The Shas daily "Yom Leyom" ("Day to Day") has suggested some original ways to protest the government's plan to draft yeshiva students, including leaving the country altogether and filing charges againt Israel in the International Criminal Court (ICC) in The Hague.
In a piercing op-ed published Thursday, the newspaper's editor, Rabbi Moshe Shafir, warned of "anarchy" or "chaos" in case the haredim will no longer be exempt from army service.
"Not one haredi will enlist without the authorization of the rabbis. We'll devote our lives to the Torah at any price," wrote Shafir, a forefront Shas spokesperson.
In his column, Shafir warned of mass ultra-Orthodox demonstrations and said "lawsuits in the UN and the international courts, such as those filed by Israel's Left, will be effective.
"Holocaust-type photos of dozens of children wearing yellow badges may even leave the last German submarine in the shipyard," the rabbi said, referring to the sale of German Dolphin submarines to Israel.
'Casualties on both sides' (Archive photo: Reuters)
Turning to Israel's secular community, Shafir warned that the haredim may resort to a "tax revolt" and launch strikes that will "make spaghetti of your country." He also warned of a mass haredi exodus "which will gradually turn you into a minority in the face of an Arab majority.
"We will also make it difficult to realize your melting pot ideal - the prisons are already filled with Eritreans," he said in the editorial.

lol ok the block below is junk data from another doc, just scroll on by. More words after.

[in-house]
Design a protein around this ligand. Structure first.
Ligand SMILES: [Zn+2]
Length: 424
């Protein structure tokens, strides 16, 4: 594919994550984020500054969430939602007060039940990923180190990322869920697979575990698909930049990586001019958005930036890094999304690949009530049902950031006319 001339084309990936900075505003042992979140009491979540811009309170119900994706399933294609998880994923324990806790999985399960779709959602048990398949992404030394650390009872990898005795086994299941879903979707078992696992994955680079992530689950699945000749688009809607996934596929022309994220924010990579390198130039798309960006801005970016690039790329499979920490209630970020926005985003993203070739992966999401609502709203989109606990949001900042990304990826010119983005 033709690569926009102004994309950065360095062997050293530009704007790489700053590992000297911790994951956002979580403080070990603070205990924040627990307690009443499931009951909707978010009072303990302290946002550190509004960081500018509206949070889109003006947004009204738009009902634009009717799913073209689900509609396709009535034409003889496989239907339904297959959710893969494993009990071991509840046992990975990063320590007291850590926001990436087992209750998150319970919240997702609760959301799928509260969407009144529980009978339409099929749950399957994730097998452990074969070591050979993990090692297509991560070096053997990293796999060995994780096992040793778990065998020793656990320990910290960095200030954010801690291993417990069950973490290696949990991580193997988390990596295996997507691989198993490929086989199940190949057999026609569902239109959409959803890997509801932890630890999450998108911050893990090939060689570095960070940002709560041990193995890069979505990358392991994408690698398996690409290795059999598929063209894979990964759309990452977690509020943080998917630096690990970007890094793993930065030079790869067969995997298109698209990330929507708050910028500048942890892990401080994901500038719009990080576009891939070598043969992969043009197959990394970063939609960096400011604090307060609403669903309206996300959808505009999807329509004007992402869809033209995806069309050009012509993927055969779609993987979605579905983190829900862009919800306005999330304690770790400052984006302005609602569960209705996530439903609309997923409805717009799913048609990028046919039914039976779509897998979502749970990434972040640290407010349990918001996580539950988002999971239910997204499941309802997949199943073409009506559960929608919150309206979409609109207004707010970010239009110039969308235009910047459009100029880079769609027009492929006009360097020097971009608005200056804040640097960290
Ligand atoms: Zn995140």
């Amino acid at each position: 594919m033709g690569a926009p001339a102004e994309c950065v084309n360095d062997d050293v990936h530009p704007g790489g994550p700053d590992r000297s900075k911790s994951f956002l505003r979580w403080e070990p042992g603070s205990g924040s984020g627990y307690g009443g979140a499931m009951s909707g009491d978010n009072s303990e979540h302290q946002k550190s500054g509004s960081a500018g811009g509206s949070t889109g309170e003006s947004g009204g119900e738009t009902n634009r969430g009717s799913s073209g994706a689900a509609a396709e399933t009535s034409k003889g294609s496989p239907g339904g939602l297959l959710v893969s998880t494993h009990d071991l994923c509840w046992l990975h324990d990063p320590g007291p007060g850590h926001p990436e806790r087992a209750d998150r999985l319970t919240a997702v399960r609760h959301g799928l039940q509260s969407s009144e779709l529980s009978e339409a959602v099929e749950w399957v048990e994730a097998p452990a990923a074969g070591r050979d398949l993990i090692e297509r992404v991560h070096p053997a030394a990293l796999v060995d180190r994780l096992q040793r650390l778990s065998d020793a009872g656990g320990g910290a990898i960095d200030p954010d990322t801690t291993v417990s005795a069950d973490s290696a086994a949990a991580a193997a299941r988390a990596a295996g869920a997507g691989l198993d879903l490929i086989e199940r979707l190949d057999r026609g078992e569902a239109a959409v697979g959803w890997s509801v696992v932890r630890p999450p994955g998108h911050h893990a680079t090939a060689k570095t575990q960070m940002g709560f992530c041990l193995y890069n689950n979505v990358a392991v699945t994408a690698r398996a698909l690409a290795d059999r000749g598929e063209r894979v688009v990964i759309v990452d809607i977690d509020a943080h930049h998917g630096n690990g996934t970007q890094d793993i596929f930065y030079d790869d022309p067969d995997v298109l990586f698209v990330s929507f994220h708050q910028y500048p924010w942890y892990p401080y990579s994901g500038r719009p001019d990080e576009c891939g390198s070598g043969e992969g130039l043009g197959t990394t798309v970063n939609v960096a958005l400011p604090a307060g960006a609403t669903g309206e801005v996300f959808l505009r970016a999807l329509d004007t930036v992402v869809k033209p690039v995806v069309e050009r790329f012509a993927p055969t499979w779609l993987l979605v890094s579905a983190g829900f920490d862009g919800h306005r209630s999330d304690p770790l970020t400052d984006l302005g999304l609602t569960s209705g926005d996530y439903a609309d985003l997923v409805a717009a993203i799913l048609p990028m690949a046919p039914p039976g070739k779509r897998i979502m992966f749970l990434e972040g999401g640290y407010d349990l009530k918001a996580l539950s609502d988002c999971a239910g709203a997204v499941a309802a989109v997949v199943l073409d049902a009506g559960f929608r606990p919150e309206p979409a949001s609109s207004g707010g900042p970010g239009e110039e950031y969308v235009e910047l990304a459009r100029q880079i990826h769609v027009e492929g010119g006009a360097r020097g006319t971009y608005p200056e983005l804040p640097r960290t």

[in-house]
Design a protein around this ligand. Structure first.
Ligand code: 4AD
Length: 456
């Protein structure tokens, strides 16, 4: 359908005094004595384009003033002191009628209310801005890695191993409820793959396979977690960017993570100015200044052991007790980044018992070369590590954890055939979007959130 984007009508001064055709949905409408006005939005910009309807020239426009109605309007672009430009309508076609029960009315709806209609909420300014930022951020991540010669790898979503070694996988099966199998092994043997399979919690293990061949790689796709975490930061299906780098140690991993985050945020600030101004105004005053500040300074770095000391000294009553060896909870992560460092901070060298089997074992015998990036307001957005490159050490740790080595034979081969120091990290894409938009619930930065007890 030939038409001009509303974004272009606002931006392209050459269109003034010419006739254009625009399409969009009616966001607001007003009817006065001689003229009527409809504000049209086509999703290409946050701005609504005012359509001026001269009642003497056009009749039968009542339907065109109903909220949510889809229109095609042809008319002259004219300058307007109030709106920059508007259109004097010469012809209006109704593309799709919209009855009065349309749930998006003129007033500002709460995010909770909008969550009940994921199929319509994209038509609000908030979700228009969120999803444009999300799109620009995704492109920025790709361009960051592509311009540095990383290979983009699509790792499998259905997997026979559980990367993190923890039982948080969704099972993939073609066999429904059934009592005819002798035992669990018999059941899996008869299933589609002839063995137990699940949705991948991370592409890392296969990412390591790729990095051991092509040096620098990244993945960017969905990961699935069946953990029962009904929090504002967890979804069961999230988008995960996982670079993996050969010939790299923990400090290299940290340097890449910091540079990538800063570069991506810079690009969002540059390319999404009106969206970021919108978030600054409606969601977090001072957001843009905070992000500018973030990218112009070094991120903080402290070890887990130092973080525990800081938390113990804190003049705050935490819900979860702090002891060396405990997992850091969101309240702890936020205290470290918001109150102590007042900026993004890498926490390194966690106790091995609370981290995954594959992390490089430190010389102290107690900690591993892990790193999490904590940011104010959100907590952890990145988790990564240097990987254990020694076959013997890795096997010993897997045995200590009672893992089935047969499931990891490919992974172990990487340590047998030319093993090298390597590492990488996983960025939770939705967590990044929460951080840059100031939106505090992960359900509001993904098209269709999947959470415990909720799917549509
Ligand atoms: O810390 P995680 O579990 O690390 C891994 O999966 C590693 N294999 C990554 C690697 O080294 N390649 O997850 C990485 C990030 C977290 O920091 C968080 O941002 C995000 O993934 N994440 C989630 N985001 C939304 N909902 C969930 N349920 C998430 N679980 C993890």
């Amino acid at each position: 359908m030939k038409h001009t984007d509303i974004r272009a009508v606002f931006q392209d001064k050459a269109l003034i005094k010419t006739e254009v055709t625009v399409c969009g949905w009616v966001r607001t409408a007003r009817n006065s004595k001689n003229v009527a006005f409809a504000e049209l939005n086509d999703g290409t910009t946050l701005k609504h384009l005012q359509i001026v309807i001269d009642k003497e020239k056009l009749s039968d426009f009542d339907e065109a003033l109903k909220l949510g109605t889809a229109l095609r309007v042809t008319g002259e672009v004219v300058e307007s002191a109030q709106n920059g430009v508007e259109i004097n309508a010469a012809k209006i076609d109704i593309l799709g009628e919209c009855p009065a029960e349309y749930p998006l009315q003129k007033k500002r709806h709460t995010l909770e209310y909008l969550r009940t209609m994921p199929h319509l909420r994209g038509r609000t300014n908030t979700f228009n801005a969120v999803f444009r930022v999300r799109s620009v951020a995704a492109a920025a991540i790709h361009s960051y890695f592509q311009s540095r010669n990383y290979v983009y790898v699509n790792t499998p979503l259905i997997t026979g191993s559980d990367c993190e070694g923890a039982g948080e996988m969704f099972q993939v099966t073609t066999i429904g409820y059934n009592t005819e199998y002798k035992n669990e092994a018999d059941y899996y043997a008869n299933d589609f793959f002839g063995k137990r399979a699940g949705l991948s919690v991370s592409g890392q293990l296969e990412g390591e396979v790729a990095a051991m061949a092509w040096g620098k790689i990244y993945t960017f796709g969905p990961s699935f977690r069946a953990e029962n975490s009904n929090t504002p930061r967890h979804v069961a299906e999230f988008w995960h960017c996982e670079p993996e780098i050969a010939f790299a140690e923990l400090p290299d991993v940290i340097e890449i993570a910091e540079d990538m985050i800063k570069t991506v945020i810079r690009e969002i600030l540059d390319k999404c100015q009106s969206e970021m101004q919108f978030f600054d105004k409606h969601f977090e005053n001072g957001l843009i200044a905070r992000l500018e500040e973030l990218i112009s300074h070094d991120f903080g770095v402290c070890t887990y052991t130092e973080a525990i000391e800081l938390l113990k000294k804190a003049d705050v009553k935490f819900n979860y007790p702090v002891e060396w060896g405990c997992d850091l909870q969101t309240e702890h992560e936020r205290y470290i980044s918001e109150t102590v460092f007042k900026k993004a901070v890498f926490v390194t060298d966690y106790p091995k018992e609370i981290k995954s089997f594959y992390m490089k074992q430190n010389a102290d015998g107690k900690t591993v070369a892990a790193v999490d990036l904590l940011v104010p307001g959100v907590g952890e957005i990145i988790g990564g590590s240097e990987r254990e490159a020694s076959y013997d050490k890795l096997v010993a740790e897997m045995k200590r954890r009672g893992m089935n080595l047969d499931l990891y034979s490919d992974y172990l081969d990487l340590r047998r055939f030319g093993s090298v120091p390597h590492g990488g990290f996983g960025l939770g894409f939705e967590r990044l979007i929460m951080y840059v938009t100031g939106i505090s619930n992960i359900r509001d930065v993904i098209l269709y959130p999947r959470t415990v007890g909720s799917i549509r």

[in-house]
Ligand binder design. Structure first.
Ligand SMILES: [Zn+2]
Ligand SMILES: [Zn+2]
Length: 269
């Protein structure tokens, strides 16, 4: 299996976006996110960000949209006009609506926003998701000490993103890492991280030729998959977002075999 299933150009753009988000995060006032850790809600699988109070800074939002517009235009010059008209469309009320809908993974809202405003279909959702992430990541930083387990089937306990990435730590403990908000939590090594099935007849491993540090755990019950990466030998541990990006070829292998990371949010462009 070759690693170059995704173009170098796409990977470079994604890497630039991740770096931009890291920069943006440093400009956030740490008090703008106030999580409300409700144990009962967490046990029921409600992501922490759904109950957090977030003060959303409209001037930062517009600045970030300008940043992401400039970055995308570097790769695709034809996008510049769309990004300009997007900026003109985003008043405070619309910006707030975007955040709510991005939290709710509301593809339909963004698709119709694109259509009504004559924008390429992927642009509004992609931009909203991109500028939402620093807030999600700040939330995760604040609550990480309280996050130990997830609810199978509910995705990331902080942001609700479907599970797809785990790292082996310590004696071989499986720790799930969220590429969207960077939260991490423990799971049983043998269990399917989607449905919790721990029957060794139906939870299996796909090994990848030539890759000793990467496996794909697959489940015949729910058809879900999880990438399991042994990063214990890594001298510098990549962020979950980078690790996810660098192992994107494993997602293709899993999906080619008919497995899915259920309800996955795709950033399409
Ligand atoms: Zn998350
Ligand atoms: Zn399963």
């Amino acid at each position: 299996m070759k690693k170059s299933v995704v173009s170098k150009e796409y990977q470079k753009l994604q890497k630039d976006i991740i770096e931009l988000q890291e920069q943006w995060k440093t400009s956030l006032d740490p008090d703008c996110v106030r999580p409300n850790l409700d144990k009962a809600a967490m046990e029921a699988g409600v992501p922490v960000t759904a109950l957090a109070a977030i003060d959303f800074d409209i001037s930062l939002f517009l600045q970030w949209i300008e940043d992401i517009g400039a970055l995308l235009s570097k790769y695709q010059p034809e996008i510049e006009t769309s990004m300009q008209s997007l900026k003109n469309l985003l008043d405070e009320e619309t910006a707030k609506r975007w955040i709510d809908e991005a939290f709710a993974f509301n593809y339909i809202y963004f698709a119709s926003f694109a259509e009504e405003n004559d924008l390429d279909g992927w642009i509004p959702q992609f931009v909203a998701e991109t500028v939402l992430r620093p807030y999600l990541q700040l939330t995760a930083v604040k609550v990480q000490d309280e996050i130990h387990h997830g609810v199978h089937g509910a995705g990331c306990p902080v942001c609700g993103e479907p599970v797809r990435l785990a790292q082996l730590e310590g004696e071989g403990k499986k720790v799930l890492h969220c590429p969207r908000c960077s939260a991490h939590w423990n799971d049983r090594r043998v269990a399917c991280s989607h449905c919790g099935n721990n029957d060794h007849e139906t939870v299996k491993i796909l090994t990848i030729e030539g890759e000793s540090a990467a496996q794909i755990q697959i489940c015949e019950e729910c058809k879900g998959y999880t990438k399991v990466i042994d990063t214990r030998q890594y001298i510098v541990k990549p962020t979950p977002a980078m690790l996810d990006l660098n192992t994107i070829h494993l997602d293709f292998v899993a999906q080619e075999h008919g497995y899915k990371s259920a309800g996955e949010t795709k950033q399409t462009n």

Yom Leyom also criticized Prime Minister Benjamin Netanyahu for "lacking leadership" and leaving important decisions in the hands of "random teenagers."
"When there is no (leader), there is no government, and when there is no government, there is civil war," the rabbi wrote. "And in war there are casualties on both sides."
Rabbi Eliezer Melamed, head of the Har Bracha yeshiva, suggested that the government exempt women from IDF service before recruiting haredi men.
"The interaction between men and women in the army is the main obstacle, and the leaders of the haredi public use it as the main argument (against the recruitment of haredim)," he wrote in a column published in the haredi newspaper Besheva.
"The army must prepare for the absorption of thousands of soldiers who devoutly keep the mitzvoth."
The rabbi said that like other religious people, the ultra-Orthodox must also be offered tracks similar to the hesder yehivas that will allow them to combine army service with Torah studies.